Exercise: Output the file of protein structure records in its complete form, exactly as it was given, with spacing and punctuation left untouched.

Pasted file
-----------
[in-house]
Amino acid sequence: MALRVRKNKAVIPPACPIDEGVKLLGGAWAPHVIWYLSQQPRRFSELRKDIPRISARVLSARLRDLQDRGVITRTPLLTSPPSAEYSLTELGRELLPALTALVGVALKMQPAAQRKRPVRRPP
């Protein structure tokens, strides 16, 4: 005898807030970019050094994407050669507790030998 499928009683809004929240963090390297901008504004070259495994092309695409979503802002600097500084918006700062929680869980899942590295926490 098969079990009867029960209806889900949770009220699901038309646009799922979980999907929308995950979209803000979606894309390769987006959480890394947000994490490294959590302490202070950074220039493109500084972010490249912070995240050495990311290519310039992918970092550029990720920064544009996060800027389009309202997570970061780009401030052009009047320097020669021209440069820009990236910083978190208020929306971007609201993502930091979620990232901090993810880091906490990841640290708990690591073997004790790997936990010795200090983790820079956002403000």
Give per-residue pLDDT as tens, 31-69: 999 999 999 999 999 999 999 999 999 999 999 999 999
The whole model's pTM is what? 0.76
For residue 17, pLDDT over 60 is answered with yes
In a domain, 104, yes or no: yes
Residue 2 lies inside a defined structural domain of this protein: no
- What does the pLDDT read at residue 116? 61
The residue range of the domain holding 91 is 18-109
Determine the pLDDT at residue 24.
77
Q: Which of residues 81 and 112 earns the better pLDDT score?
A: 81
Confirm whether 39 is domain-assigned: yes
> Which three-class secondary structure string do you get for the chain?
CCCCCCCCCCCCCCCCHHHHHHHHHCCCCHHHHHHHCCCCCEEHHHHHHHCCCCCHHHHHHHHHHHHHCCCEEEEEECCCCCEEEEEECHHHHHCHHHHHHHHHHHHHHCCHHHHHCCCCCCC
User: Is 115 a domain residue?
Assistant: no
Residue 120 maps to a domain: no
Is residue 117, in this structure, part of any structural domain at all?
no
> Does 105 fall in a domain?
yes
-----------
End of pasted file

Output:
[in-house]
Amino acid sequence: MALRVRKNKAVIPPACPIDEGVKLLGGAWAPHVIWYLSQQPRRFSELRKDIPRISARVLSARLRDLQDRGVITRTPLLTSPPSAEYSLTELGRELLPALTALVGVALKMQPAAQRKRPVRRPP
């Protein structure tokens, strides 16, 4: 005898807030970019050094994407050669507790030998 499928009683809004929240963090390297901008504004070259495994092309695409979503802002600097500084918006700062929680869980899942590295926490 098969079990009867029960209806889900949770009220699901038309646009799922979980999907929308995950979209803000979606894309390769987006959480890394947000994490490294959590302490202070950074220039493109500084972010490249912070995240050495990311290519310039992918970092550029990720920064544009996060800027389009309202997570970061780009401030052009009047320097020669021209440069820009990236910083978190208020929306971007609201993502930091979620990232901090993810880091906490990841640290708990690591073997004790790997936990010795200090983790820079956002403000």
Give per-residue pLDDT as tens, 31-69: 999 999 999 999 999 999 999 999 999 999 999 999 999
The whole model's pTM is what? 0.76
For residue 17, pLDDT over 60 is answered with yes
In a domain, 104, yes or no: yes
Residue 2 lies inside a defined structural domain of this protein: no
- What does the pLDDT read at residue 116? 61
The residue range of the domain holding 91 is 18-109
Determine the pLDDT at residue 24.
77
Q: Which of residues 81 and 112 earns the better pLDDT score?
A: 81
Confirm whether 39 is domain-assigned: yes
> Which three-class secondary structure string do you get for the chain?
CCCCCCCCCCCCCCCCHHHHHHHHHCCCCHHHHHHHCCCCCEEHHHHHHHCCCCCHHHHHHHHHHHHHCCCEEEEEECCCCCEEEEEECHHHHHCHHHHHHHHHHHHHHCCHHHHHCCCCCCC
User: Is 115 a domain residue?
Assistant: no
Residue 120 maps to a domain: no
Is residue 117, in this structure, part of any structural domain at all?
no
> Does 105 fall in a domain?
yes